The favoured method of measuring ad effectiveness online amounts to fraud. That’s the contention of the Financial Times’ global sales director Dominic Good, who, speaking at the IAA What’s Coming Next conference, said that the current system of selling ads on a cost-per-mille (CPM) basis, the performance of which is then measured by click-through-rates (CTR) is, at best, a proxy for an actual measurement of engagement with an ad:

“Intuitively we know that these ideas, borrowed from the direct response industry, and now nearly 20 years old, are fraud. These metrics are, and can be, gamed.

“Impressions themselves are really only a proxy for reach; unique users are surely the real measure of reach, yet rarely is that specified in media insertion orders.”

Those limitations of the old model are what spurred the FT to develop their cost-per-hour (CPH) ad model. Under the CPH system, only banner ads and middle-page-units (MPUs) which are in full view on an audience’s screen for five seconds are counted as ‘viewed’. Otherwise, the advertiser will not be charged. Taking as standard Google’s estimate that 50 percent of ads served worldwide aren’t actually viewed by humans, Good argues that the CPH model is a more honest approach to ad serving, one that guarantees “100 percent viewability”.

Beating banner blindness

In an interview with TheMediaBriefing following the press conference, Good clarified what he meant by 100 percent viewability:

“We use Chartbeat’s methodology, so as long as Chartbeat is counting it as viewed, i.e. in view, and we get the five seconds in view of active time, so scrolling, mouse-movements. That is what we’re counting.”

So while it doesn’t solve the overall issue of ad blocking or, presumably, any sufficiently determined ad-farm that wants to game the system, the CPH model is an attempt to alleviate the overall issue of viewability. Good suggests that, by focusing on brand metrics which have engagement over reach as their primary focus, the CPH method will better serve advertisers looking to engage with the FT’s executive-level audience:

“It’s all about quality. The whole premise of what we’re saying is that not all impressions are equal. Some work hard, some don’t. If you are interested in branding you need those impressions that are in view for a long time.

“You need that active engaged time between the user and what is on the screen. What we do is we produce quality content that has deep engagement with readers. That then creates a smaller quantity but much higher quality inventory.”

The initial pilot scheme – which saw partnerships with BP, Microsoft, IBM and Repsol and eight others – delivered positive results from the FT’s point of view, achieving Good’s goal of increasing the efficiency of the FT’s ad inventory by delivering the same amount of ad impressions with 20 percent less inventory. 


Dominic Good speaking at the IAA’s What’s Coming Next conference, the launch of the FT’s CPH scheme.

Mobile traffic wasn’t included in the pilot, for technical reasons, and Good says that there’s no fixed time period for when that can be resolved. As mobile traffic accounts for over 50 percent of web traffic to the FT, that’s an issue that needs to be resolved. As Good says, they can measure around 50 percent of mobile traffic using the CPH metric, but that’s not a high enough proportion to deliver upon the promise of 100 percent viewability that’s at the heart of the new model.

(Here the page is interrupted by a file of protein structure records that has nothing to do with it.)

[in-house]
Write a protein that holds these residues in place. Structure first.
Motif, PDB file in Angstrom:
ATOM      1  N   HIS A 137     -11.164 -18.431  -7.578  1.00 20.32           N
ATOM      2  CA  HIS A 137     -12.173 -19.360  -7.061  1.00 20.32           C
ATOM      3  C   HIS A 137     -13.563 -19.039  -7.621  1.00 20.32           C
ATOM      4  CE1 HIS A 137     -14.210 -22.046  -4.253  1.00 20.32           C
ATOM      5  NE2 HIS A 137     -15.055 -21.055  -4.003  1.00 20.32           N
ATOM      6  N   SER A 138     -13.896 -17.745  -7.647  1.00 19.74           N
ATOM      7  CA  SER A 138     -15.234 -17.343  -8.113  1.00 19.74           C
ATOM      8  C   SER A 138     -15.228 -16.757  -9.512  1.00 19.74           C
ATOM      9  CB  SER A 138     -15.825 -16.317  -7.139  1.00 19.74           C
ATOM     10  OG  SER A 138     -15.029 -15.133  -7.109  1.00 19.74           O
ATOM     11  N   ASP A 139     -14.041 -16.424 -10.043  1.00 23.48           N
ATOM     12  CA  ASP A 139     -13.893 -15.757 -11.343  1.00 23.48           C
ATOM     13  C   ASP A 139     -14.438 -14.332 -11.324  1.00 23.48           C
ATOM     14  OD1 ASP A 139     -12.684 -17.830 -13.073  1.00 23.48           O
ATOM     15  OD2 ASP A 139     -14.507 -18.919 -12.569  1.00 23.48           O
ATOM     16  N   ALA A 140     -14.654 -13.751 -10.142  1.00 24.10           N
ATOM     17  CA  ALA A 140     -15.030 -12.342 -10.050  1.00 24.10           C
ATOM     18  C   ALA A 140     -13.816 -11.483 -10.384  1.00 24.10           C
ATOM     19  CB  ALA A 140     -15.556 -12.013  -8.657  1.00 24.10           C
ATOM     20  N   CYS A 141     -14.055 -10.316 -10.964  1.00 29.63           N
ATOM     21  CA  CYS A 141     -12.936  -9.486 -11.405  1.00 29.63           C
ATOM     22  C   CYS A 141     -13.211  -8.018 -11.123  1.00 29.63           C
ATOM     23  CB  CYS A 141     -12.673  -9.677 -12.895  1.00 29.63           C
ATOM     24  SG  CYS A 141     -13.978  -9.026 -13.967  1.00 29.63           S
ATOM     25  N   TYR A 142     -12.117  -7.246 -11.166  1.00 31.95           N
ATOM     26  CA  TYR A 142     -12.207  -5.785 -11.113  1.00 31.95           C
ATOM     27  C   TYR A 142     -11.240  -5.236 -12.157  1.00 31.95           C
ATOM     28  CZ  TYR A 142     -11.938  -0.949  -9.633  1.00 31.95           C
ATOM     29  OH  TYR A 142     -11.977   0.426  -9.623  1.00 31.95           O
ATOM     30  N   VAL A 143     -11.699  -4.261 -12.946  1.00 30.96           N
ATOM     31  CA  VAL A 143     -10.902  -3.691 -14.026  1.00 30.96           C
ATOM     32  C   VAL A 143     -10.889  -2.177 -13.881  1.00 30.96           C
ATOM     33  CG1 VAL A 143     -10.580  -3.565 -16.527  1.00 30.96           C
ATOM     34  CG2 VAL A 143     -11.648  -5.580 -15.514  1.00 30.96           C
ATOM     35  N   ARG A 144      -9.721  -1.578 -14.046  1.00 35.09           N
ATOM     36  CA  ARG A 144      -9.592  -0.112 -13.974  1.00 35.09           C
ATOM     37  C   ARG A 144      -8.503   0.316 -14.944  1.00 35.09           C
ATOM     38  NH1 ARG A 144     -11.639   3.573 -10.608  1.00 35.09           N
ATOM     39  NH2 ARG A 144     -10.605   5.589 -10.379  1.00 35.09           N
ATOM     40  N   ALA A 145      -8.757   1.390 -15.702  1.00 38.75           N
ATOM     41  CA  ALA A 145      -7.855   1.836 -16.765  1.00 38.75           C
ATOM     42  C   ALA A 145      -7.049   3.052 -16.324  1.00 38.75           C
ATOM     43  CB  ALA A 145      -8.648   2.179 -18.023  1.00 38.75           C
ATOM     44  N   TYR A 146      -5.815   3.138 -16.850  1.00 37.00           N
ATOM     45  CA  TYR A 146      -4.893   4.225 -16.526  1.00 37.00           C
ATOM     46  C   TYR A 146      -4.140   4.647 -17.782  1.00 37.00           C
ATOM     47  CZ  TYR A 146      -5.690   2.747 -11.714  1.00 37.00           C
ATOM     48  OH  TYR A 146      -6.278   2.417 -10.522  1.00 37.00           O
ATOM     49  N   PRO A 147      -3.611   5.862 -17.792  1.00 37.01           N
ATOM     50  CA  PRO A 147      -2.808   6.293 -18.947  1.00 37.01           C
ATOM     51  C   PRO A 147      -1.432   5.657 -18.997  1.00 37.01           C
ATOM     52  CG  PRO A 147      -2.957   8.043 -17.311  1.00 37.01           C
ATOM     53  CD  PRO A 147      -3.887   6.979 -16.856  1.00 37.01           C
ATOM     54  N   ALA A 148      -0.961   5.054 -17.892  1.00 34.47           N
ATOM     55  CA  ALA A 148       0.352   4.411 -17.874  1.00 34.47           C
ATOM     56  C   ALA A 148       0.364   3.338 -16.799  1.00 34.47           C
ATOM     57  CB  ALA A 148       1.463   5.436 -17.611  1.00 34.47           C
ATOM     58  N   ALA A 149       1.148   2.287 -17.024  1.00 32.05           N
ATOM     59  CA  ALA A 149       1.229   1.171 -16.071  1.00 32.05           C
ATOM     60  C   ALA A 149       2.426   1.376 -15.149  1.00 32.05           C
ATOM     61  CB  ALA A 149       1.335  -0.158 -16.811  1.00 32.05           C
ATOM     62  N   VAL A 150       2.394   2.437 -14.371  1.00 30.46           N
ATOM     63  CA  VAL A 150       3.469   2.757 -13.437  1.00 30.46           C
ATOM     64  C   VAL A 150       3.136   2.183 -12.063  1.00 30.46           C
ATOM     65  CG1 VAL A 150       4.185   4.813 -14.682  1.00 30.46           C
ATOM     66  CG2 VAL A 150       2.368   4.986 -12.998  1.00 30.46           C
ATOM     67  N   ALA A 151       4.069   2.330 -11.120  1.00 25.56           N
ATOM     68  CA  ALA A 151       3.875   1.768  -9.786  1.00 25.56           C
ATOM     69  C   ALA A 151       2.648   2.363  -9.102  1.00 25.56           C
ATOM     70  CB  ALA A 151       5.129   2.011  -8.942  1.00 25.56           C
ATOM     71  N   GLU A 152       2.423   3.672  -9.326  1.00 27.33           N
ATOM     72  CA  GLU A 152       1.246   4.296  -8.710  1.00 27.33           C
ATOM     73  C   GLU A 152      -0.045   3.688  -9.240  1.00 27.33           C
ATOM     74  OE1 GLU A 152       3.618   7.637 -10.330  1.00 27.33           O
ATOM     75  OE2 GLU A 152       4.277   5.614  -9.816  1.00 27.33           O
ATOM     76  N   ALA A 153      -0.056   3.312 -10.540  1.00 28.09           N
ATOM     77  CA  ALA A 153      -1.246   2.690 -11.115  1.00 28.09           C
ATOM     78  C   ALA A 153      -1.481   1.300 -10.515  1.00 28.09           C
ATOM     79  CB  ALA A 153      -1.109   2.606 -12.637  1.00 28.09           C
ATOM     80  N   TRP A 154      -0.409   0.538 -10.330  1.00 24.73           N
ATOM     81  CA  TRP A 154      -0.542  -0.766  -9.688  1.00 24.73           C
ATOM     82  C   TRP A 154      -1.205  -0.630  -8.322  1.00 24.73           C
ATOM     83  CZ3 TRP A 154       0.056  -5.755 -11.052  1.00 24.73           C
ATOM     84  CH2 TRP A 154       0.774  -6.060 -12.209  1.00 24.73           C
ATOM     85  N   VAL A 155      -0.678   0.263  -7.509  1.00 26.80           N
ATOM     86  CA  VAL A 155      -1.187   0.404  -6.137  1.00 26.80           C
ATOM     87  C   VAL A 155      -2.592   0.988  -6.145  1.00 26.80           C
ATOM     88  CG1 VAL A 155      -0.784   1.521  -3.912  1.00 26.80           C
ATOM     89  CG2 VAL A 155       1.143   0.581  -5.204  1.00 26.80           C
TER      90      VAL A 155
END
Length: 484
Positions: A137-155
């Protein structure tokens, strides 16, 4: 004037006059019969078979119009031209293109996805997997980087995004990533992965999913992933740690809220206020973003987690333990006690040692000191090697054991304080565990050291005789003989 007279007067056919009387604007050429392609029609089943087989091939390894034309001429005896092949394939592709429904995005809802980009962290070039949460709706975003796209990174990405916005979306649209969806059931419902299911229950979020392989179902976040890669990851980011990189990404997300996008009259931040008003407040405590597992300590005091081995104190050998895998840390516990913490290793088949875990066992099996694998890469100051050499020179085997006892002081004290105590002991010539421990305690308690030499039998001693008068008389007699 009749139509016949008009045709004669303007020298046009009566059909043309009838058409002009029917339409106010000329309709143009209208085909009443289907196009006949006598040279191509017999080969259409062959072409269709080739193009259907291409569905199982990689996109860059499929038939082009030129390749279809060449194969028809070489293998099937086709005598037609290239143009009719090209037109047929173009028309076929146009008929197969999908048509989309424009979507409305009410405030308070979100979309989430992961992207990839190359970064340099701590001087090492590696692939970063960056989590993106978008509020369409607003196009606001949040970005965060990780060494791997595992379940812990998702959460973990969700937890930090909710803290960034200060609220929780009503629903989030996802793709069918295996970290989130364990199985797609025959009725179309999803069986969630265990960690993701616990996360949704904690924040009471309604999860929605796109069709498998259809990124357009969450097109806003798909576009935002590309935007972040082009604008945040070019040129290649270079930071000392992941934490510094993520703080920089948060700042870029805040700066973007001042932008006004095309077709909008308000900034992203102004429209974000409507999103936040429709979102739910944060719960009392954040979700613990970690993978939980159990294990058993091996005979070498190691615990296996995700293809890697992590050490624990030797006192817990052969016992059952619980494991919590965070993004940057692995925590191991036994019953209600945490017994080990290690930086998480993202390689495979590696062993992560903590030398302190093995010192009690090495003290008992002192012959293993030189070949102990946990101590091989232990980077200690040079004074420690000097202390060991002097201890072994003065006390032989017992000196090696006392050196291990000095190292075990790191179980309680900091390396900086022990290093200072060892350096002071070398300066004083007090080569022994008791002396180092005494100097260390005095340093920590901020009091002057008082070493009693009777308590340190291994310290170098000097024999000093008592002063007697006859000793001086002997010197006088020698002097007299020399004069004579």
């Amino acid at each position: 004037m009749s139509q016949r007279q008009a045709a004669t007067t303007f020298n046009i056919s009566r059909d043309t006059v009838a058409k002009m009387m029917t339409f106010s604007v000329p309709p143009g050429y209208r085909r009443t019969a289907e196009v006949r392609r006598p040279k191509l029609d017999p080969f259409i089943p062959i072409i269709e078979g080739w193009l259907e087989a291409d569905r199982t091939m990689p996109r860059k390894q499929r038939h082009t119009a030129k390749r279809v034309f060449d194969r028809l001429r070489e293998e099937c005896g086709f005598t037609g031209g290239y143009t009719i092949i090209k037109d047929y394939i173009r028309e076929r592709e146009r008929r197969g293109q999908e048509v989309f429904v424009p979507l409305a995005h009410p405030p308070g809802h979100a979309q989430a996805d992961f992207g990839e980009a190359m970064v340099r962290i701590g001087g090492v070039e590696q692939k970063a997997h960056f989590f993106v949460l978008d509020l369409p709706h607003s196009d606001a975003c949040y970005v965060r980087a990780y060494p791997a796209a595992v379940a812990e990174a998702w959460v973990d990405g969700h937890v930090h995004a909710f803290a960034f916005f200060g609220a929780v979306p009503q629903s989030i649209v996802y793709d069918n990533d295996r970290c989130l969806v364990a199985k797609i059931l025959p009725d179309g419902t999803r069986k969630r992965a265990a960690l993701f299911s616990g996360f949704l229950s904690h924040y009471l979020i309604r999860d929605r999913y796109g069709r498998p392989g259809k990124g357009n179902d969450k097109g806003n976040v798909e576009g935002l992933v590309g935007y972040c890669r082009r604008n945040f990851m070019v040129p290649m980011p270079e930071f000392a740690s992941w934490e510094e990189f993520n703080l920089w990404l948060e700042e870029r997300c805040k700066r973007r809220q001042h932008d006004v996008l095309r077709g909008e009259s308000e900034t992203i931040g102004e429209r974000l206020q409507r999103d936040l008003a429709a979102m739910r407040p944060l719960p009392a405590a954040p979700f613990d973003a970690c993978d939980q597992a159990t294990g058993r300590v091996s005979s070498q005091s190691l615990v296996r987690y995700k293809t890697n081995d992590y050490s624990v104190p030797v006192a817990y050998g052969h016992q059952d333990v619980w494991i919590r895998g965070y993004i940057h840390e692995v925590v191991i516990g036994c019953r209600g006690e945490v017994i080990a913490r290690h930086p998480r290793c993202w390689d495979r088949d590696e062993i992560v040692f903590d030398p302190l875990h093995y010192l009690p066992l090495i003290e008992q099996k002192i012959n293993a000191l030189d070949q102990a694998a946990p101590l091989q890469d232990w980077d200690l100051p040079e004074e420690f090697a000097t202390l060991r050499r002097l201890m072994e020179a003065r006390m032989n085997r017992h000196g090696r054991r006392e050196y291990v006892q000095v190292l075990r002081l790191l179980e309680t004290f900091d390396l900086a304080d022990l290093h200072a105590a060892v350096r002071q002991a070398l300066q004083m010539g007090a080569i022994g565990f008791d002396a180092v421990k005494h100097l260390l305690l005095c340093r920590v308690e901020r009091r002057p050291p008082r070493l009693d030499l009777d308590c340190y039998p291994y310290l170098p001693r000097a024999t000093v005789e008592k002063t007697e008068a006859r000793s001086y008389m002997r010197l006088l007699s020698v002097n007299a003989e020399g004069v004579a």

Complementary rather than replacement

But Good is quick to note that CPH is best used for highly valuable audiences such as those enjoyed by the FT, and that there are plenty of reasons why publishers might want to stick with CPM as their default measure of digital ad supply:

“At the end of the day you still have to deliver your ad unit by an impression. As long as you’re delivering impressions you can buy on impressions.

“An impression still has value, particularly if you’re into broad-reach campaigns or campaigns which have simple creatives, simple executions, simple messages. You don’t necessarily need to have that length of time we’re talking about. We are disproportionately skewed towards brand advertisers.”

So the new CPH system is perhaps better used for publishers with a focus on brand metrics, targeting a habitual audience who make the site a regular destination. That’s supported by the FT’s implementation of ‘sequential advertising’, by which audience members who regularly visit the site are taken on a narrative journey through a series of ads for a single, hopefully further alleviating the issue of banner blindness. Good explains:

“We use brand metric studies to prove performance, and moving away from the outdated click. Our aim is to help the industry to grow by focusing on what matters to advertisers…that commodity is time.”

It’s early days for the FT’s CPH scheme, and despite the retention of some of its initial partners in the project there is a long way to go before the validity of its premise is proven. But as we see other publishers – notably the Guardian – moving more explicitly towards brand metrics in an attempt to reestablish the quality of their audiences and halt the race to mass audiences that caused CTR to become a default measure in the first place, the FT’s highly valuable audience is an excellent test-bed for a time-based ad system. If successful, the scheme could become the standard for paywalled sites like the FT, whose habitual audience makes a time-based system viable.